VOL. 133 | NO. 1 | Monday, January 1, 2018
Q&A: Using Government Policy to Guide Investment Choices
By ALEX VEIGA, AP Business Writer
From the Republican-led federal tax reform package signed into law last week by President Donald Trump to his predecessor's sweeping overhaul of health care, government policies can often benefit some companies and hurt others.
That dynamic is something investors can work with to identify companies that could make big gains, or to short shares in those that may face turbulence should unfavorable legislation win passage or a federal agency impose new rules.
That's the idea behind three exchange-traded funds, or ETFs, from EventShares that debuted in October. One invests in companies that are likely to benefit from Republican policies, while another favors companies that would thrive under Democratic policies.
A third aims to invest in companies that will see the biggest benefits from the recently enacted tax overhaul. To date, the ETFs now have combined assets under management of just under $18 million.
Ben Phillips, chief investment officer of EventShares, spoke with the AP about how he manages the ETFs' holdings and why investors should consider this niche approach rather than sticking with broader ETFs that are not focused on policy and politics. Answers have been edited for length and clarity.
Q: Why create ETFs geared toward companies that play on the potential policy outcomes in Washington?
A: We went back 40 plus years and studied airline regulation in the 1970s and studied that impact, which was regulatory and policy driven. We looked at Glass-Steagall in the 90s. We looked at Dodd-Frank and, obviously, Obamacare. It had implications for the market and still does today.
The idea was there are these major policy trends that really do drive market returns, especially for specific sectors. And we thought those should be consolidated into funds. The GOP and the DEMS fund.
Q: How do you select the companies for each fund?
A: We picked what we believe the top five policies of each party are over the next zero to five years. The GOP fund has defense, border protection, infrastructure, U.S. energy independence, deregulation and tax reform. All of those policy items are driving returns for those stocks. The Democrat ETF's largest policy bucket is health care expansion, environmentally conscious, social good, finance reform and educational access.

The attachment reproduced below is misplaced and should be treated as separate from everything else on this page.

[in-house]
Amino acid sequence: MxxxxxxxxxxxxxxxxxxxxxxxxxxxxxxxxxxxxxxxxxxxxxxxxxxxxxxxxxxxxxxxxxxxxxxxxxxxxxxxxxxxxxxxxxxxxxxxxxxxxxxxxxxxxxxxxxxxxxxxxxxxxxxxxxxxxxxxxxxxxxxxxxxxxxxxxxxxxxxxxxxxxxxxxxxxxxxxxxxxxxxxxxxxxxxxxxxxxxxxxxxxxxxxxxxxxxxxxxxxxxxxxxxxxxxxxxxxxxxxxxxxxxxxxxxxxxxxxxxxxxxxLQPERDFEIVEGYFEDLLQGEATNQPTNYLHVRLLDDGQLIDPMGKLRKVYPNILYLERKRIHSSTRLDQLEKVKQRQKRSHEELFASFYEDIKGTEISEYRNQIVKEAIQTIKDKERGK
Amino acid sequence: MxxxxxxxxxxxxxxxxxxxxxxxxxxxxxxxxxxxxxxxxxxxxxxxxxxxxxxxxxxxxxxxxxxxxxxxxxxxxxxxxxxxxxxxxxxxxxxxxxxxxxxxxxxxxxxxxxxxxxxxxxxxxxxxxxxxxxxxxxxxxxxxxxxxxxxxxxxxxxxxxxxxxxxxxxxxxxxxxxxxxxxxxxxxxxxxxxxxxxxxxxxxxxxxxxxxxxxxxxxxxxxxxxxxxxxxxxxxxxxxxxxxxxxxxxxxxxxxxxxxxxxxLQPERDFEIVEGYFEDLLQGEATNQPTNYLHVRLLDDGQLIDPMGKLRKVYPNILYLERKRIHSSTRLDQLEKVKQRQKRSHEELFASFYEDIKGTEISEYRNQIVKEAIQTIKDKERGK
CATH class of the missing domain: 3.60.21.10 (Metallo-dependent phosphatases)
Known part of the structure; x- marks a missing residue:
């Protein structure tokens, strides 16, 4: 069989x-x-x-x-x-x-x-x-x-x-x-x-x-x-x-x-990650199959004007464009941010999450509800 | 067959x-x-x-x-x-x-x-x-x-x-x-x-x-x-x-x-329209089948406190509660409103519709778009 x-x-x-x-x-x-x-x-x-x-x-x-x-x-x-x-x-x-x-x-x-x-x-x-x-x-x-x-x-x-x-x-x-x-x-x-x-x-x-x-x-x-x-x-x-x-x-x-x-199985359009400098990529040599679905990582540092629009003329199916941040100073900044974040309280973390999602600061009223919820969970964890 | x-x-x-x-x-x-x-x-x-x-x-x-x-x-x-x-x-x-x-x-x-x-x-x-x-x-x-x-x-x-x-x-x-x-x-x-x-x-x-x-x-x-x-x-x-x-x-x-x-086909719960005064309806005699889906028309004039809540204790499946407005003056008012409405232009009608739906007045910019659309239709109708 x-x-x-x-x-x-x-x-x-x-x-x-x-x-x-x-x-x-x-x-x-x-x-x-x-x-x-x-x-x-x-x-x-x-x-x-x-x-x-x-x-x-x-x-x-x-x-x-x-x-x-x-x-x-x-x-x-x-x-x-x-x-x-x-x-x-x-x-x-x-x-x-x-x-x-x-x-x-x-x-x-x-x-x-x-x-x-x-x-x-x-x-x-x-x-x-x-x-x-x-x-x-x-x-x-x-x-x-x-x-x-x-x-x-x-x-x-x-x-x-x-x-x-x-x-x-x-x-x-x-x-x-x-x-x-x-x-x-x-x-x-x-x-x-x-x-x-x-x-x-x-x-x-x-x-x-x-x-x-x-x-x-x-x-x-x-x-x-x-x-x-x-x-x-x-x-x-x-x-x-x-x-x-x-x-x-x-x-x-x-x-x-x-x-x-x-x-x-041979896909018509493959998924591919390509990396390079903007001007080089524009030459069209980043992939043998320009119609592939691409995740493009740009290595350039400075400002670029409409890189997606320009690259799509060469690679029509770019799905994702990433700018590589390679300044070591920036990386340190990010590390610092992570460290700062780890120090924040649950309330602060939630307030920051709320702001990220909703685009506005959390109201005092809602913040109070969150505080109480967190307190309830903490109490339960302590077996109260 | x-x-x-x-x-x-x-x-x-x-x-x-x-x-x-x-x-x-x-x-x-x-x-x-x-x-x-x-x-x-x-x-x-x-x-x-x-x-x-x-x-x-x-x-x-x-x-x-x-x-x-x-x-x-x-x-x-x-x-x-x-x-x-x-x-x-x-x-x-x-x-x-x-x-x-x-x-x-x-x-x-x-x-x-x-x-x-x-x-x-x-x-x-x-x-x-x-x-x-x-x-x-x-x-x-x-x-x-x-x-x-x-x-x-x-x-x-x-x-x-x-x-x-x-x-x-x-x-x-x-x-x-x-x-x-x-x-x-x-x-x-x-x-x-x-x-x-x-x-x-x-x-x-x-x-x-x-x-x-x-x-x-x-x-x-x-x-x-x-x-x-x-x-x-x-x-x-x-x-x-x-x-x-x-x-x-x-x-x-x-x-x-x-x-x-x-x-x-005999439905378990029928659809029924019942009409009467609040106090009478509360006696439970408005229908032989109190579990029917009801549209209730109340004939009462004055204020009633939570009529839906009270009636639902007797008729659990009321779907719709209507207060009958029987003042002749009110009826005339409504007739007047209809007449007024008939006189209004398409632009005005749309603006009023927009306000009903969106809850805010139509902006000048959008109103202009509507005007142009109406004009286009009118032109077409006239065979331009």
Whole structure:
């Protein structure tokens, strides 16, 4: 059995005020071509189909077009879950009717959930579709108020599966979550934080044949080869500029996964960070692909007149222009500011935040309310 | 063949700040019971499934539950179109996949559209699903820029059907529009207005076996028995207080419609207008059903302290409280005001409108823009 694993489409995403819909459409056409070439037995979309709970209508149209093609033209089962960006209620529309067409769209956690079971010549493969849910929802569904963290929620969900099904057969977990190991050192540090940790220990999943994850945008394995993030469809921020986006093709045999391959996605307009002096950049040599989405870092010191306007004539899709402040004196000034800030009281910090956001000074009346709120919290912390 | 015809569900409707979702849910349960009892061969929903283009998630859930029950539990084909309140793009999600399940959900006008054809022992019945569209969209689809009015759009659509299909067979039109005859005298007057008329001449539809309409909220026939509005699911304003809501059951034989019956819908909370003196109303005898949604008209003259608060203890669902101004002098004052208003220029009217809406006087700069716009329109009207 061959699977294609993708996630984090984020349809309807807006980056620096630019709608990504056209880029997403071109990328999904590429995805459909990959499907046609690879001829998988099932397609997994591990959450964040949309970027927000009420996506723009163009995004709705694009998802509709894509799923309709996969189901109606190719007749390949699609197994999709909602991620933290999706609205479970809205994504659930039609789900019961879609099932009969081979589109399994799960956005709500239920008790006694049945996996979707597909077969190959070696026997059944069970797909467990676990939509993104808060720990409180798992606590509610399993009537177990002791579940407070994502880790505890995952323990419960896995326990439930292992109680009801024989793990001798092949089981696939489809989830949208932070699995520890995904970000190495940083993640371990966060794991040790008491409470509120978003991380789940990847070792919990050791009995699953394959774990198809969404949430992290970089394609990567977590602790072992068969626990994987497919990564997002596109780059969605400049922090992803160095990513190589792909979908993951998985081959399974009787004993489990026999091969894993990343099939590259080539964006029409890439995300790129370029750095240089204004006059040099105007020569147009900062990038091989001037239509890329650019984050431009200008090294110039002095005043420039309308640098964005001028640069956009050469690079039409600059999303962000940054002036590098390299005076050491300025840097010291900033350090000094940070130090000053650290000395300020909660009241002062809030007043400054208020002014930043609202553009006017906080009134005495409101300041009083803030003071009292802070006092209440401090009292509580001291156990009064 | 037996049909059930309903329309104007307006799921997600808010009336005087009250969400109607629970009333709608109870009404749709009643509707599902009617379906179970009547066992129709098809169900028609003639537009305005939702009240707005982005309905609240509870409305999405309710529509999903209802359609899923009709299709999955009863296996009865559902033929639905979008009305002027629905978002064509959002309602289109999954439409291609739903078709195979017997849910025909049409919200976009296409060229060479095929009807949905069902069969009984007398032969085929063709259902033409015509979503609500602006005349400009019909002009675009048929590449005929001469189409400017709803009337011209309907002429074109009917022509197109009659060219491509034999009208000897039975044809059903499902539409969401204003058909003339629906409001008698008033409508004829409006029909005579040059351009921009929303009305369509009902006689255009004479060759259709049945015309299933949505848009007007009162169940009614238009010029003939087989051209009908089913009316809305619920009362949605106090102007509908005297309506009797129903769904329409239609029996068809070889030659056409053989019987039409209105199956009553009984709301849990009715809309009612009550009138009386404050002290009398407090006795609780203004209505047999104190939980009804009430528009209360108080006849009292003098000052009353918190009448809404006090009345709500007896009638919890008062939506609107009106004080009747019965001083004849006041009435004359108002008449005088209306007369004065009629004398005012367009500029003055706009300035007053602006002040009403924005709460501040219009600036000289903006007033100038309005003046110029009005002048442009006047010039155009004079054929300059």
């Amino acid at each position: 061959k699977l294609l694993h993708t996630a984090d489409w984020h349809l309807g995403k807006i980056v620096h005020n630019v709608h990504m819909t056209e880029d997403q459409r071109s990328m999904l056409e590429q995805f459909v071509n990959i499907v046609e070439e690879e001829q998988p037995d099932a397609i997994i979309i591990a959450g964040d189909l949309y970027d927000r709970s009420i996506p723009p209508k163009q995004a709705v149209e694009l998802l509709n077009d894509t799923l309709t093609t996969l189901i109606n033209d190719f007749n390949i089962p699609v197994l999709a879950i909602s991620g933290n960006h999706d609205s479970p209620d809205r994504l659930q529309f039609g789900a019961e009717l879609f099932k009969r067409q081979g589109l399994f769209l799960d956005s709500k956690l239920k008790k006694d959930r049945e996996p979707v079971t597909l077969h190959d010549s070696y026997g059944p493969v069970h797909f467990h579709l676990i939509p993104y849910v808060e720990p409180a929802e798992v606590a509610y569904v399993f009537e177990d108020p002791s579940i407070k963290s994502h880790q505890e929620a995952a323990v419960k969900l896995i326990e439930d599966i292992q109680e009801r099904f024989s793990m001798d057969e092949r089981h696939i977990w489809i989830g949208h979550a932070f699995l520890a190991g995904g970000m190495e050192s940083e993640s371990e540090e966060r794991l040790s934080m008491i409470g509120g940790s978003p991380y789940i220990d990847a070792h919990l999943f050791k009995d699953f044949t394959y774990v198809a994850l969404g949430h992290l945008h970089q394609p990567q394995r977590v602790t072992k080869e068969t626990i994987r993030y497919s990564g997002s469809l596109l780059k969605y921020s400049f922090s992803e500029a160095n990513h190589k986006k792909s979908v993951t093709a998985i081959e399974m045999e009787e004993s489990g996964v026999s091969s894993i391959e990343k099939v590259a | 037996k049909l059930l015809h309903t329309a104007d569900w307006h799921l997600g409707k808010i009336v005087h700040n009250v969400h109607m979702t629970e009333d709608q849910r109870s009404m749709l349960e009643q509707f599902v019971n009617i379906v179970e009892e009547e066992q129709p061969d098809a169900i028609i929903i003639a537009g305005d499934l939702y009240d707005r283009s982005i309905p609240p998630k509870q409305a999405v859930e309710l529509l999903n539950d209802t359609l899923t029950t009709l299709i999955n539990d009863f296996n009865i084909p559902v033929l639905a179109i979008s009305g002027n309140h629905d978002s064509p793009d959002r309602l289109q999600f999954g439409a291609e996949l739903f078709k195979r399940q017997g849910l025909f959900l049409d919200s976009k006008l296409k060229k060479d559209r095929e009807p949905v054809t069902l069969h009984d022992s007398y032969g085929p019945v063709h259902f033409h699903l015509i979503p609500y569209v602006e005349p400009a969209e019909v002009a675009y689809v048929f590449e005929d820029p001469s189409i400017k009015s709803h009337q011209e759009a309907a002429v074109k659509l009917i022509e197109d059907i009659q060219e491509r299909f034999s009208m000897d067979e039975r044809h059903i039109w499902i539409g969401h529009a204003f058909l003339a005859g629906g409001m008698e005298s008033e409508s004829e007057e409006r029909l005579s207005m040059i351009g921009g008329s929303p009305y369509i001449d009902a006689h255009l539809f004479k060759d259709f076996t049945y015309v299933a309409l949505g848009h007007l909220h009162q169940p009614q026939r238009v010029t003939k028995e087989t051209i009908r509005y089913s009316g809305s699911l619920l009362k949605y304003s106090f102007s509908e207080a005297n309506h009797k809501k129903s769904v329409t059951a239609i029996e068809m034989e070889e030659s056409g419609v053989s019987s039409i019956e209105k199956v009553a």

That's really our starting point, trying to start with the policy and then we pick underlying stocks that we think are best suited to fit that policy.
Q: Do your ETFs lend too much weight to the government's influence on how a company performs?
A: I don't think so. What's driven the market's returns over the past year? It's been potential deregulation, whether it's health care or financial or energy. It's been tax reform.
Q: Why create a separate fund that invests in companies that will benefit from tax reform?
A: We think that these major pieces of legislation that impact large chunks of the economy warrant their own fund. Tax reform has implications on almost every U.S. company. We are going to launch another tactical fund, the European Union breakup fund.
Q: Why is this approach better than, say, investing in a sector or small-cap ETF to get more exposure to companies likely to benefit most from the corporate tax cut? Or in a sector ETF?
A: We're picking a concentrated portfolio. All three of our portfolios have 40 stocks or less. They're actively managed, so we're able to evolve with the evolving policy landscape. Sector ETFs are passively constructed, there's no real thought that goes into them and they're not precise vehicles to gain exposure.
And with regard to small-caps. The Russell 2000 is just a much less efficient vehicle to play tax reform. There are 2000 names in it. We're picking the top 40 beneficiaries in the Russell 3000.
Q: Seems like it would be tempting for a Republican or Democrat to put money into the fund that corresponds with their ideology, purely for ideological or partisan reasons. That's not the goal here, is it?
A: No. It's really policy over politics. We don't want people to use their own personal ideological beliefs to make investment decisions, because that's just not good investment advice.
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